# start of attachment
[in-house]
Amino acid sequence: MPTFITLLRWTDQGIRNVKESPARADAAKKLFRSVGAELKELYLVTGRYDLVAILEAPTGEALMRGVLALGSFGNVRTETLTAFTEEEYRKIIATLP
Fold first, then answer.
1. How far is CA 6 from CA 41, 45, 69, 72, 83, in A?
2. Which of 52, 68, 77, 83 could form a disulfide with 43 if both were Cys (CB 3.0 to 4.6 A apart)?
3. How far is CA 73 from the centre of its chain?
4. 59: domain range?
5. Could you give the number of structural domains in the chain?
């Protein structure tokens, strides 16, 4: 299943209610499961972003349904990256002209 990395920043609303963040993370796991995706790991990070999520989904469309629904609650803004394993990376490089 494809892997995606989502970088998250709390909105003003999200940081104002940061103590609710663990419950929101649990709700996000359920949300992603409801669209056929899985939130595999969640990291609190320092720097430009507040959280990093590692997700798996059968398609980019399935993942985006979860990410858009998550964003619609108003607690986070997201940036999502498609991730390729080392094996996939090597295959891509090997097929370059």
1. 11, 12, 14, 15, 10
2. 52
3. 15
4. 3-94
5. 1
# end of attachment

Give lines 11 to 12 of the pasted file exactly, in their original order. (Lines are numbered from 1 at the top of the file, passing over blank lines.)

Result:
2. 52
3. 15